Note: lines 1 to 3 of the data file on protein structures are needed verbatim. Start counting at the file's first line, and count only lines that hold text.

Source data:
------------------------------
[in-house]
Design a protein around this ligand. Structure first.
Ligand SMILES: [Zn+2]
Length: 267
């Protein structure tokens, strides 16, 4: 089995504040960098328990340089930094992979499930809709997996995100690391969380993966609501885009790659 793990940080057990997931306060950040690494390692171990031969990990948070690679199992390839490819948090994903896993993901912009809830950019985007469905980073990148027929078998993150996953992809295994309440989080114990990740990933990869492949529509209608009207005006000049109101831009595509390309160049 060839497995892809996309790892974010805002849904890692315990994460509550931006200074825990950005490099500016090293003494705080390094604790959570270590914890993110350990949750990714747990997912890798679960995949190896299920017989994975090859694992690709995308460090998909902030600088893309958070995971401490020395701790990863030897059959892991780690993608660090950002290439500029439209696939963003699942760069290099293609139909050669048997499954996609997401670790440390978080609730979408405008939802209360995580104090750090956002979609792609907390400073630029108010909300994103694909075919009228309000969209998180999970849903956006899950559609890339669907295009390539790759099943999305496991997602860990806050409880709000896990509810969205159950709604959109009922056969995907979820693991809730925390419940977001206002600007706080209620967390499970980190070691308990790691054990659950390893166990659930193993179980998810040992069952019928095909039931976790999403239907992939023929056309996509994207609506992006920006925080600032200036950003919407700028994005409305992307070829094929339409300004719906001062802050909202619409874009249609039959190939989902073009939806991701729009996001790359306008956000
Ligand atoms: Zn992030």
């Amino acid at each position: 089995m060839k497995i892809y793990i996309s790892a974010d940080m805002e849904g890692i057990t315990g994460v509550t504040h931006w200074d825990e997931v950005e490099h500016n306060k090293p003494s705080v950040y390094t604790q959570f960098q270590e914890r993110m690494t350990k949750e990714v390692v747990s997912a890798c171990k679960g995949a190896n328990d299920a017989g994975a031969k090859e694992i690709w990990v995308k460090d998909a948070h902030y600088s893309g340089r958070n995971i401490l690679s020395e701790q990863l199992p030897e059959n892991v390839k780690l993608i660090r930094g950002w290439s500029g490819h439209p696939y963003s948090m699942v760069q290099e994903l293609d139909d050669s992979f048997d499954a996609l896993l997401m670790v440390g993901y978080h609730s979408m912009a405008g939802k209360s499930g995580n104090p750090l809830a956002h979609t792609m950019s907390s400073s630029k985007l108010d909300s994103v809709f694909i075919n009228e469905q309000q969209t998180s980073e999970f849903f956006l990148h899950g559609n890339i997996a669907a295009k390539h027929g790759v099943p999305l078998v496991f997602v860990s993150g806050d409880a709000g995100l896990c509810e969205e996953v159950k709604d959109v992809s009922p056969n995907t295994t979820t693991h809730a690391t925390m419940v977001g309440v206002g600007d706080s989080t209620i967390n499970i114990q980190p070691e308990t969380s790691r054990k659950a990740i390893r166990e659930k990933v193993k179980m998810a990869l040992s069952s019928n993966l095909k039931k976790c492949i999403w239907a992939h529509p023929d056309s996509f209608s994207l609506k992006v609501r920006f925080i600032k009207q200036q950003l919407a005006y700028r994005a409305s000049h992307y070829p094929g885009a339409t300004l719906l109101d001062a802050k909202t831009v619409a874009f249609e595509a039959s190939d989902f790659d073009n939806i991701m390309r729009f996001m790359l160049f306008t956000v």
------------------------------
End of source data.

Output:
[in-house]
Design a protein around this ligand. Structure first.
Ligand SMILES: [Zn+2]